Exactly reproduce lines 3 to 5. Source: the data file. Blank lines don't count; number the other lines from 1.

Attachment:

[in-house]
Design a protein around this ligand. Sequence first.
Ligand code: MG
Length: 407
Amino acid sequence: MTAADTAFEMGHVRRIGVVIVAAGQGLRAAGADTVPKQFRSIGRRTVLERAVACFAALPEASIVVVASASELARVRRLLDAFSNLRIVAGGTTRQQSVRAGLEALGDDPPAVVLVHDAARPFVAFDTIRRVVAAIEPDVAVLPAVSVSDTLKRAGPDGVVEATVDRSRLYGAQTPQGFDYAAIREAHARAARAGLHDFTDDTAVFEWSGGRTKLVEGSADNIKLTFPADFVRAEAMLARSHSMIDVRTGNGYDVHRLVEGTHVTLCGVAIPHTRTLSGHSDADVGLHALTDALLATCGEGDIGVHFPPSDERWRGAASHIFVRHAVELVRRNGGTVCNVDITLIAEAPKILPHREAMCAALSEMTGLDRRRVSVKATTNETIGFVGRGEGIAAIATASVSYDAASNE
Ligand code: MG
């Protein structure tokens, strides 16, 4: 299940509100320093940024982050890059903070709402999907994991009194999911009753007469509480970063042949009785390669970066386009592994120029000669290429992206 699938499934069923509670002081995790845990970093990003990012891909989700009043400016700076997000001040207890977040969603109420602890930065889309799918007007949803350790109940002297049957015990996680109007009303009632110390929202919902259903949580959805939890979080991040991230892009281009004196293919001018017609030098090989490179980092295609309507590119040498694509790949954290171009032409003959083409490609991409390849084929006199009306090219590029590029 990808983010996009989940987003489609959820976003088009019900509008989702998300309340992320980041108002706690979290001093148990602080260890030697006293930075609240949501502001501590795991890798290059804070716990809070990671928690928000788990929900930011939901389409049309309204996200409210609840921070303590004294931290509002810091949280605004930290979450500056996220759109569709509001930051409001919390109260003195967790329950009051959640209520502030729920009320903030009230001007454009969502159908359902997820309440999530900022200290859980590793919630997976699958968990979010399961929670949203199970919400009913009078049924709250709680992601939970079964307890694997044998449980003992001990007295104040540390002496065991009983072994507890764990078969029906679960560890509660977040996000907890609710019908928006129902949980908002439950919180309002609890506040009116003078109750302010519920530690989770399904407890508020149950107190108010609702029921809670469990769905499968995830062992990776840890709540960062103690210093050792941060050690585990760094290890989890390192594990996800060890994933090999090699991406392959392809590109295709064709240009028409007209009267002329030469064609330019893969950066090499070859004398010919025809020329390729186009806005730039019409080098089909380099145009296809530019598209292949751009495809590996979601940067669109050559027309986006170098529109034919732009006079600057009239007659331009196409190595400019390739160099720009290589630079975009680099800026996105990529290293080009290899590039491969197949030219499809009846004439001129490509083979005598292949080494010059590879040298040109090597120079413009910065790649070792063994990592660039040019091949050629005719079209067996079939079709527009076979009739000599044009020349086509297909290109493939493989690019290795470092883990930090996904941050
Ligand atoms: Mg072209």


Ligand code: MG
Length: 407
Amino acid sequence: MTAADTAFEMGHVRRIGVVIVAAGQGLRAAGADTVPKQFRSIGRRTVLERAVACFAALPEASIVVVASASELARVRRLLDAFSNLRIVAGGTTRQQSVRAGLEALGDDPPAVVLVHDAARPFVAFDTIRRVVAAIEPDVAVLPAVSVSDTLKRAGPDGVVEATVDRSRLYGAQTPQGFDYAAIREAHARAARAGLHDFTDDTAVFEWSGGRTKLVEGSADNIKLTFPADFVRAEAMLARSHSMIDVRTGNGYDVHRLVEGTHVTLCGVAIPHTRTLSGHSDADVGLHALTDALLATCGEGDIGVHFPPSDERWRGAASHIFVRHAVELVRRNGGTVCNVDITLIAEAPKILPHREAMCAALSEMTGLDRRRVSVKATTNETIGFVGRGEGIAAIATASVSYDAASNE